Supplements: to take or not to take?
A common question I am asked is, "do I need supplements if I eat a healthy diet?"
I am certainly a proponent of getting your nutrients from foods. Whole foods contain a combination of vitamins, minerals, and phytochemicals, balanced to enhance the absorption and utilization by the body. However, there are a number of reasons we may not get adequate nutrients from the diet. The common reasons for nutrient deficiencies include:
- Processed foods. The Standard American Diet (SAD) tends to be high in processed foods which are lacking in key nutrients. These processed foods can also deplete nutrients as the body tries to metabolize the sugar, trans fats, chemicals and preservatives frequently contained in them.
- Digestive issues. I find digestive issues very common and many people are unaware they even have digestive issues. These can include food intolerances, bacterial overgrowth, infections, all of which can inhibit the proper absorption of nutrients.
- Low stomach acid. Stomach acid is needed to properly break down food for absorption. Low stomach acid can occur as a result of taking antacids and PPIs, and also becomes more prevalent with age. Additionally, it can lead to bacterial overgrowth.
- Poor soil quality. Even if you are eating healthy plant based foods, our soils are becoming depleted of minerals. When the soil is depleted of minerals, the food is depleted as well. Buying organic certainly helps as they tend to be grown in more nutrient rich soils, and as an added bonus you avoid many of the pesticides.
- Missing Co-factors. Certain nutrients require other key nutrients to be properly absorbed. For instance, calcium should be taken with adequate vitamin D, magnesium and vitamin K in order to be absorbed into the bone. Taking calcium alone, if poorly absorbed, can result in calcium getting into arteries and causing calcification.
- Prescription medications. Prescription medications can deplete many vitamins and minerals. A very common example is Co-Q10 depletion by statins.
- Low fat diets. A lot of emphasis over the years has been placed on avoiding fat in the diet. However, fat is required in order to absorb fat soluble vitamins. These include vitamin A,E, D and K. So if you are not getting enough fat with meals, these vitamins will not be absorbed. The key is to make sure you avoid unhealthy fats like trans-fat and eat healthy fat like avocado.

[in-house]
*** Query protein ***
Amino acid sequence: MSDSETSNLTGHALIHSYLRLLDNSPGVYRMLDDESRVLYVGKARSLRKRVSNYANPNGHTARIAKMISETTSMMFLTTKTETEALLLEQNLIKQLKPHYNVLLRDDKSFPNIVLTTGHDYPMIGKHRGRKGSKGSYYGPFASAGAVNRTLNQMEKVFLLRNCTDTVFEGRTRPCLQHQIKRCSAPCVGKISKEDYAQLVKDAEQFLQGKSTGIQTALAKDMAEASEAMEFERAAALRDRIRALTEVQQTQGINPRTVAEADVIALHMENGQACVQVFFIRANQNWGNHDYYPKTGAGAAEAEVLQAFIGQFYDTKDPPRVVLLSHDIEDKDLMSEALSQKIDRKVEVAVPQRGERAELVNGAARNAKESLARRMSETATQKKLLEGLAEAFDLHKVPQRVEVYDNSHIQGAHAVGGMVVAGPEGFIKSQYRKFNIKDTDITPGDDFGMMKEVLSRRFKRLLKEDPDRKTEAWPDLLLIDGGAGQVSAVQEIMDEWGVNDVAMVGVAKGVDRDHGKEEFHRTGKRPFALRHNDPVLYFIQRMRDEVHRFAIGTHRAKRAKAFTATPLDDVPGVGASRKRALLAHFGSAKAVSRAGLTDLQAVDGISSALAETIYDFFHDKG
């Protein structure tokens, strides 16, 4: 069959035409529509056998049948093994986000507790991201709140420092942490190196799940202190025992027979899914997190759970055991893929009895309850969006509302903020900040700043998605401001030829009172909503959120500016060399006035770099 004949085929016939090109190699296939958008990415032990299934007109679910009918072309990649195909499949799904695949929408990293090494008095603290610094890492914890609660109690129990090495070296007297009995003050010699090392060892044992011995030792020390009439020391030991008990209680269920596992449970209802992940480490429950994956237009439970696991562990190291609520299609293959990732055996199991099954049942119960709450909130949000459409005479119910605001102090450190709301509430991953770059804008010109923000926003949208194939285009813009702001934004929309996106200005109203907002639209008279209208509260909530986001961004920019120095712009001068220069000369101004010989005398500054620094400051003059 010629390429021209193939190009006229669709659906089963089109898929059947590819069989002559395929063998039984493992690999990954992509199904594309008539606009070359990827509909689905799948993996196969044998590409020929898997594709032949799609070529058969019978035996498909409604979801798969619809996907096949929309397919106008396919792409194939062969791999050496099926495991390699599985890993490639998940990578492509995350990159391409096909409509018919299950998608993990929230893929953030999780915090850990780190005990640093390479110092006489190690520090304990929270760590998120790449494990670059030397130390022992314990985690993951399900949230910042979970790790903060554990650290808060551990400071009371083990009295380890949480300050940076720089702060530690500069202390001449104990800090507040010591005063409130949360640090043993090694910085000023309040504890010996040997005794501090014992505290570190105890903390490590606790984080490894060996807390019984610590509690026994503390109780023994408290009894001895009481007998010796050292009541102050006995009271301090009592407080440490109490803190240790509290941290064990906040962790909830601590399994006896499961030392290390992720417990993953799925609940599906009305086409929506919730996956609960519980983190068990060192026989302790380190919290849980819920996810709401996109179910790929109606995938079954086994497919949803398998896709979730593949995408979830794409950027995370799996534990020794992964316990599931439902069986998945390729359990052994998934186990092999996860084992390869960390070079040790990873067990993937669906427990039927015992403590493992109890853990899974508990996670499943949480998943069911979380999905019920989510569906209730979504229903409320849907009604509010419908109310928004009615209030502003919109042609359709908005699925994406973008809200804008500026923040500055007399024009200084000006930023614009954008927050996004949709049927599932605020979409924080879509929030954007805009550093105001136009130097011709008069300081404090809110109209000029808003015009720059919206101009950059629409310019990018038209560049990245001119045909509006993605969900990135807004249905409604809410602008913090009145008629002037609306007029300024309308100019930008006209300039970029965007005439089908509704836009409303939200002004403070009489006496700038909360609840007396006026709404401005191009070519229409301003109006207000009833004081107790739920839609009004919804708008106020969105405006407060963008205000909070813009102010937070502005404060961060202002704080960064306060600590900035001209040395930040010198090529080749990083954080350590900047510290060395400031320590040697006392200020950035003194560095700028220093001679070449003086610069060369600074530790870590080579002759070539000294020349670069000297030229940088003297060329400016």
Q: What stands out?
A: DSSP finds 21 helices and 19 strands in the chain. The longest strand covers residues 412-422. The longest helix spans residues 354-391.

- Sunscreen. While protecting our skin from excessive sun exposure is important, it can also contribute to a vitamin D deficiency. After all, the sun is our best source of vitamin D and adequate levels are essential for a healthy immune system. Make sure your physician is checking for adequate vitamin D levels.
- Special diets. Many people choose to avoid certain food groups. This can be due to food preferences, food allergies, and for personal or religious reasons. It is important if you are avoiding certain food groups, you understand what nutrients you may be missing and supplement accordingly.
- Genetic factors. Many people have methylation disorders, which reduce the ability to convert certain nutrients into their active form. For example, poor methylators should take the active forms of certain B vitamins like taking methylfolate instead of folic acid. If you want to know if you might have a genetic defect such as a methylation disorder, or a reduced ability to handle free radicals, you may want to consider having genetic tests done. To find out more about genetic tests for methylation, talk to your doctor or contact us for more information.
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Wishing you good health!
Mike Woodley, R.Ph, FAARM, FMNM